“Service to others is the rent you pay for your room here on Earth.”
I grew up in Boca Raton, Florida. In those days, everybody’s dad was a doctor, lawyer, or owned something big. Think 90210 but Jewish. I was fortunate to have everything I ever asked for and lived my life accordingly. To sum it up, I was selfish, vain, and without a care in the world.
I came out on my 21st birthday, which was around the time I discovered circuit parties. With the music, the men, and the drugs, I found my calling and I was hooked. In 2000, I lost my mother. Coincidentally, that was also the year crystal meth became the popular drug, and like many of my brethren, I was hooked. I went from being a socialite to a daily meth user who didn’t leave his condo for months at a time; I became a statistic. Eventually depression, overdose, and a botched suicide attempt led my family to put me in rehab.
At age 36, I found myself, a sober man, living in Los Angeles with nothing to do but reflect on a life of pure indulgence. I had nothing to show for any of it except a lot of great stories and a lot of pictures with my eyes bugged out. This led to a very dark time in my life filled with self-loathing and shame. Even though I had no direction, I knew that God had spared me for a reason. I had survived drugs, a suicide attempt, and found out in rehab that I was HIV negative (which was miracle in itself). I had made it when many of my brothers hadn’t. I also realized how oblivious I had been up to that point. Coming from my blessed life in Boca Raton, where everything was pink and pristine, I had been sheltered from what the rest of the world goes through. Moving to Los Angeles was an eye-opening experience. I saw that in the real world, people weren’t as fortunate as I was. That realization drove me, at age 40, to do something with my life.
Someone once told me, “You only get what you give back.” That resonated with my sensibilities. Believe me, with the way I had lived my life up to that point, I had a lot of giving to do. I started doing anything I could to help others, mostly simple tasks such as writing a check to an AIDS organization or giving someone a ride. Being of service to others made me feel good and gave me purpose. I also started researching ways to volunteer. The gratification I received from volunteering a couple times a week was rewarding, but it wasn’t enough; I wanted to do more. At that point, I had several people come to me and say, “I see what you’re doing and have always wanted to volunteer but don’t know how to go about it.” That was how The Los Angeles Service Club (LASC) came about.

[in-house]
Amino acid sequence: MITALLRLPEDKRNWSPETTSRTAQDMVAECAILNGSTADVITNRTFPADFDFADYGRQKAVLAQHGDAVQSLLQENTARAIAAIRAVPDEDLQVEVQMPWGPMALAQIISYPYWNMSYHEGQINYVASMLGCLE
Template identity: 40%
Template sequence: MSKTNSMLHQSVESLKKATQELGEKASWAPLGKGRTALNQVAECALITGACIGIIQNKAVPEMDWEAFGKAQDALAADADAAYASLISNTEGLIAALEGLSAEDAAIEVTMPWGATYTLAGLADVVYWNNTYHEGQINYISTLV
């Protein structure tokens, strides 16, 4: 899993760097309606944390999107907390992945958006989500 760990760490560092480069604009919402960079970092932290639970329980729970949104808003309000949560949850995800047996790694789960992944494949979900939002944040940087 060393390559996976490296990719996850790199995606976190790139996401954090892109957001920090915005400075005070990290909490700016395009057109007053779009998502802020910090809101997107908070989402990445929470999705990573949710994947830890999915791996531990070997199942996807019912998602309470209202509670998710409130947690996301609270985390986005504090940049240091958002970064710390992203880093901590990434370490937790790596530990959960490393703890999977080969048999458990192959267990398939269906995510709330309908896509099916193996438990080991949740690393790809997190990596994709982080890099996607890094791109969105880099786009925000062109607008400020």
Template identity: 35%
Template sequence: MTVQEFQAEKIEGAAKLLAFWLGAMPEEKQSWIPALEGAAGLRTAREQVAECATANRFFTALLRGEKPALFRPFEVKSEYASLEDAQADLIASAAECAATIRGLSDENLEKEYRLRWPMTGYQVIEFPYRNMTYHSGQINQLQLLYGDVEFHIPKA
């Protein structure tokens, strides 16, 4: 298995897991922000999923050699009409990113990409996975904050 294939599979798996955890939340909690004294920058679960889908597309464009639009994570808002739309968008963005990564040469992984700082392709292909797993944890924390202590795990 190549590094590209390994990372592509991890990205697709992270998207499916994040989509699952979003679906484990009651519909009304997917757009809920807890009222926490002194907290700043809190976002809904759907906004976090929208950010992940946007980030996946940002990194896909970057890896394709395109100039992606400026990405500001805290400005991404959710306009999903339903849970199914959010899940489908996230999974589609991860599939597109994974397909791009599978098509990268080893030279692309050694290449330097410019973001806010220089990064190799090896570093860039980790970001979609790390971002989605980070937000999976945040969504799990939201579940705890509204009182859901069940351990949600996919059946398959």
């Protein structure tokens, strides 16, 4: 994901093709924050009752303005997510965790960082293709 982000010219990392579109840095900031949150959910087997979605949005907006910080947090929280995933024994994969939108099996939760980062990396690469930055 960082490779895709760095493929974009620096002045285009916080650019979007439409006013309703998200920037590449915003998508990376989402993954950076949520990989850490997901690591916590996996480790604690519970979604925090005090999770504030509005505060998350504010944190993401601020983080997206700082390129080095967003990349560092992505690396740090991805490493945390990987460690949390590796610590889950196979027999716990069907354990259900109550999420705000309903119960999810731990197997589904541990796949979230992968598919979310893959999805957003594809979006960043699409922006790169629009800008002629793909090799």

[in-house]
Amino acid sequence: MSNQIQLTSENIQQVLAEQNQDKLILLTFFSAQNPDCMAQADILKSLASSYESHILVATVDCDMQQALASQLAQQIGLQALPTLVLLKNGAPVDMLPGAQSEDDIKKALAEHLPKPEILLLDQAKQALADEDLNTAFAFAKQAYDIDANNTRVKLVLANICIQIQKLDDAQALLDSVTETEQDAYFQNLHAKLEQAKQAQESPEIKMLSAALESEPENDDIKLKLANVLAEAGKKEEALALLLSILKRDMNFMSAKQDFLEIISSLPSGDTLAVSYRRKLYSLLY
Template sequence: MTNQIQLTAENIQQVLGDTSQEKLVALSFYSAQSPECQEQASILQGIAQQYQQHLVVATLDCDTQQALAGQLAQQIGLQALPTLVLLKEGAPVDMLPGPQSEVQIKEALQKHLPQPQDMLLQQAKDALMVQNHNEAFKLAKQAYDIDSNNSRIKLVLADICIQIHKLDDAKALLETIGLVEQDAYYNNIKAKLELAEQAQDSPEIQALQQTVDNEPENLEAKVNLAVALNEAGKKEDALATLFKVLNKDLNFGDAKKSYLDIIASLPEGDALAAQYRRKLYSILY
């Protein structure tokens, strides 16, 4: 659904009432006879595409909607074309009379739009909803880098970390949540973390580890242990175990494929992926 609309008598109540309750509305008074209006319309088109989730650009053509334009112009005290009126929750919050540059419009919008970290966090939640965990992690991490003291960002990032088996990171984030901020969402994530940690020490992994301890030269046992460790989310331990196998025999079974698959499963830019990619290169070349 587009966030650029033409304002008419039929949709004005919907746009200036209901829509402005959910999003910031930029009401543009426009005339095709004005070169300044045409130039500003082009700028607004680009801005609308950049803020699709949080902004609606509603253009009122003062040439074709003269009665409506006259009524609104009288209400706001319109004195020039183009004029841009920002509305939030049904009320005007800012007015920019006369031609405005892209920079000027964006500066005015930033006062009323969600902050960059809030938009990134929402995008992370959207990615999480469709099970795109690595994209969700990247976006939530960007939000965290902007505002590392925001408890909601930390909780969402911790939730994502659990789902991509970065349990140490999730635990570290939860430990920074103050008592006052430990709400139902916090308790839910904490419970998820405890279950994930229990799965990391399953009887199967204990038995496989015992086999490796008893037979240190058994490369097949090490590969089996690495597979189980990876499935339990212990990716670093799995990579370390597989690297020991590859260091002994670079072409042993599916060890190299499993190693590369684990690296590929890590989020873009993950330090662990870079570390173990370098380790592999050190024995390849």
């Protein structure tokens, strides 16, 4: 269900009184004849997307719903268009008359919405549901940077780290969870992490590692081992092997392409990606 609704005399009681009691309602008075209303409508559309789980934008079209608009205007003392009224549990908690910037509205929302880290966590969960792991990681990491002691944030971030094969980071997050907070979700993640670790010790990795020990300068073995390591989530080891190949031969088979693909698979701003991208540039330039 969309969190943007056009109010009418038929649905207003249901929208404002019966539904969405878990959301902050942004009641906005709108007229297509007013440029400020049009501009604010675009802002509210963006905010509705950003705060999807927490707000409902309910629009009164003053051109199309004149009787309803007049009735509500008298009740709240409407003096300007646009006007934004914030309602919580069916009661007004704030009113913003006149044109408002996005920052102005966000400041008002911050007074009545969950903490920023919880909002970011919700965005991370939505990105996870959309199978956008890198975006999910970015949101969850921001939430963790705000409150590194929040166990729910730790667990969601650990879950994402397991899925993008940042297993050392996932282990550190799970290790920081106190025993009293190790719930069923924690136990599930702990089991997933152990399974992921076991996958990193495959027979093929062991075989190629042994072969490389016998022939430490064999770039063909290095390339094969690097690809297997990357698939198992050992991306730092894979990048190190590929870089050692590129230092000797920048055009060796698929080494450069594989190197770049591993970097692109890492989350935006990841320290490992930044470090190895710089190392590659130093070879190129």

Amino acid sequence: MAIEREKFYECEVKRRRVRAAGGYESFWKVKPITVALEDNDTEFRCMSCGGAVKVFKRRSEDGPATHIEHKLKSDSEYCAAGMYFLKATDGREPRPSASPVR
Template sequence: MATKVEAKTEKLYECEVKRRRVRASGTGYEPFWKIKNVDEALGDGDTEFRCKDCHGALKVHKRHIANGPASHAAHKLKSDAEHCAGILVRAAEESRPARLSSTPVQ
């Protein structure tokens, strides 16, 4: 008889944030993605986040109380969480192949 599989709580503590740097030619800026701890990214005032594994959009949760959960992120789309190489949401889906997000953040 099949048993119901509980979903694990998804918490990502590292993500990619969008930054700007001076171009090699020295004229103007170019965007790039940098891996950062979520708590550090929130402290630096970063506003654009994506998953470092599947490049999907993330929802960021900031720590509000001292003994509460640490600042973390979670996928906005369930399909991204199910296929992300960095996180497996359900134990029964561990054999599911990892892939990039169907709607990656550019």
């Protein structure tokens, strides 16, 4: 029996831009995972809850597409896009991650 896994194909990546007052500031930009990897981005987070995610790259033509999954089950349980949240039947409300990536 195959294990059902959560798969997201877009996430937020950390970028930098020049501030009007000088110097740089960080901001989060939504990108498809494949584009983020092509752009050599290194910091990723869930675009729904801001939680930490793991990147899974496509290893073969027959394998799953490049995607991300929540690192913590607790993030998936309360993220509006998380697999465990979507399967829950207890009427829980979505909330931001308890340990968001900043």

LASC’s primary goal is to provide volunteers for different organizations and events, showing others how to volunteer. Our members come together once a month to help organizations with various things, from building a room for a sober house, to running a bowl-a-thon, to raising money for homeless teens. I am currently working with the AIDS walk of Los Angeles. The coordinators told me they have never had this many people come to volunteer before, and it was all because of me! Organizations are now callin and asking me to help them. It makes me happy to know that I am helping people on a grand scale, and showing others how to be of service.
I believe that with LASC, I have finally made my mark in life.